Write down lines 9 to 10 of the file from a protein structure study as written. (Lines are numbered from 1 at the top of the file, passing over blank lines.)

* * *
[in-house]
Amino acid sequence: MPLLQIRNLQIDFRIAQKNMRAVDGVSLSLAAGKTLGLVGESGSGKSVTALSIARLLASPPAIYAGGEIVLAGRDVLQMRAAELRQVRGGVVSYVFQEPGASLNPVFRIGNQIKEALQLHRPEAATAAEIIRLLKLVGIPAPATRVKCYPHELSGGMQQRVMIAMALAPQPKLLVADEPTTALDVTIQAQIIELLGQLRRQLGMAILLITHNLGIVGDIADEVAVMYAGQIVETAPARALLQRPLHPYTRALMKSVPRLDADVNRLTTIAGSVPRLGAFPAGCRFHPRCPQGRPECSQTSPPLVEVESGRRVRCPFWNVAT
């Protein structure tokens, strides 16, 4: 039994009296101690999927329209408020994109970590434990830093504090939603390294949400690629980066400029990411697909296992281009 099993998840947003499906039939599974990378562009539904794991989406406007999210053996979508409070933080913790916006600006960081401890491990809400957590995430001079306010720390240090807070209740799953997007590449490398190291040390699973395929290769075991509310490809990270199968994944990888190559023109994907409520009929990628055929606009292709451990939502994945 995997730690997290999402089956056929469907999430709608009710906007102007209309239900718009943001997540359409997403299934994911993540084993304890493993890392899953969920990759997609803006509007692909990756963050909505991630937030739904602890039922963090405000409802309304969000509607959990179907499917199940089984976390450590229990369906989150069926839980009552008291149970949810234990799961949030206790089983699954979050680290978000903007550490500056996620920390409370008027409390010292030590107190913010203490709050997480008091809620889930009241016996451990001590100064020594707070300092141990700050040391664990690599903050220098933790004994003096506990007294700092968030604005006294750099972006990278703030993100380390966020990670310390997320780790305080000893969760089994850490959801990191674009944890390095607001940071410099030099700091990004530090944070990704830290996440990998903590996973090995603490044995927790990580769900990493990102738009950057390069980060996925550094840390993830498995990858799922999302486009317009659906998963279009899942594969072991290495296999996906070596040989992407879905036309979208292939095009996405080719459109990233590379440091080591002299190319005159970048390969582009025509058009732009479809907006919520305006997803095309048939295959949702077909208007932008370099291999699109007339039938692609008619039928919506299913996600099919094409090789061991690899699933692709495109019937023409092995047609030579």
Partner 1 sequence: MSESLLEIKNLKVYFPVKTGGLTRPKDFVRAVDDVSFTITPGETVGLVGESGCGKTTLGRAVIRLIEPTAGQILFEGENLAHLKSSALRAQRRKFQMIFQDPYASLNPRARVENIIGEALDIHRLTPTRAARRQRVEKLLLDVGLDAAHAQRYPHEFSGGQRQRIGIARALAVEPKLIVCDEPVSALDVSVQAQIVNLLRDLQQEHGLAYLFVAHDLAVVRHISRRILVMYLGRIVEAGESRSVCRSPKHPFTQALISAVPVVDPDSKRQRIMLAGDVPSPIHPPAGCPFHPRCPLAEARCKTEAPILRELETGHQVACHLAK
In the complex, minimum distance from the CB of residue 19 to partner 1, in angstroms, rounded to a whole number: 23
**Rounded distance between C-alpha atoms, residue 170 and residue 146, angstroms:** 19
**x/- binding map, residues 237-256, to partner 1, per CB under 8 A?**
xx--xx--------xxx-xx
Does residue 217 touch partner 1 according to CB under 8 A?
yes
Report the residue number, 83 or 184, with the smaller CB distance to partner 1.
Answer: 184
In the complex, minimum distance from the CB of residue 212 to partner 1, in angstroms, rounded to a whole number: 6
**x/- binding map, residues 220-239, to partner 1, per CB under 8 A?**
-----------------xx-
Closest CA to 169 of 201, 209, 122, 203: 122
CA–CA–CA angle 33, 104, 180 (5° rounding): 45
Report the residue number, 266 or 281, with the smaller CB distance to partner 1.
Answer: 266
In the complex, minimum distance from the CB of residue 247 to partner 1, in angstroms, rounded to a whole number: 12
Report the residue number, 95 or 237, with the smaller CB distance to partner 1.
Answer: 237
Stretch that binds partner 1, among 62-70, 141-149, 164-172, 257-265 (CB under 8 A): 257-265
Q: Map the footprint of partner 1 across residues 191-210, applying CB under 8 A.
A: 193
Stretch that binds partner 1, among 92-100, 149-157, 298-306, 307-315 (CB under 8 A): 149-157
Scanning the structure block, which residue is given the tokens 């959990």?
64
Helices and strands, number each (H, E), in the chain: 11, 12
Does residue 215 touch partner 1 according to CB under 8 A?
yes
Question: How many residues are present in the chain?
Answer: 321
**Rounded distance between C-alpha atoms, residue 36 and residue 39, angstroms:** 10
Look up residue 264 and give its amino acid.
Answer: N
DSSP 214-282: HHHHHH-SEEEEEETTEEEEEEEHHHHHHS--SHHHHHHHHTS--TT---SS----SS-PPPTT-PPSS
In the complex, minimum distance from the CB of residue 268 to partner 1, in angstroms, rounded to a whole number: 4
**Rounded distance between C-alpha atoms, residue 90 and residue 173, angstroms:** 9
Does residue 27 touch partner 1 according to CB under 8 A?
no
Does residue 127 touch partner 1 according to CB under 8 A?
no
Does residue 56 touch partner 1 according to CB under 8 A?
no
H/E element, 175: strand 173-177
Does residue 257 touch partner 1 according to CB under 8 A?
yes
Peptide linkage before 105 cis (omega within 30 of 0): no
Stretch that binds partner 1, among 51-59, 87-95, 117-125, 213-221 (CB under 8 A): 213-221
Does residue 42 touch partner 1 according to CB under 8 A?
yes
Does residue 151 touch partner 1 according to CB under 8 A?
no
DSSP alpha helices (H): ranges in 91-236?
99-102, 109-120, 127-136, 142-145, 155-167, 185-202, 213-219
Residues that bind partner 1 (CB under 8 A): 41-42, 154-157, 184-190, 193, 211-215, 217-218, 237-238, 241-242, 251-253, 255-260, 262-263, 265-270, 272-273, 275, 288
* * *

Does residue 217 touch partner 1 according to CB under 8 A?
yes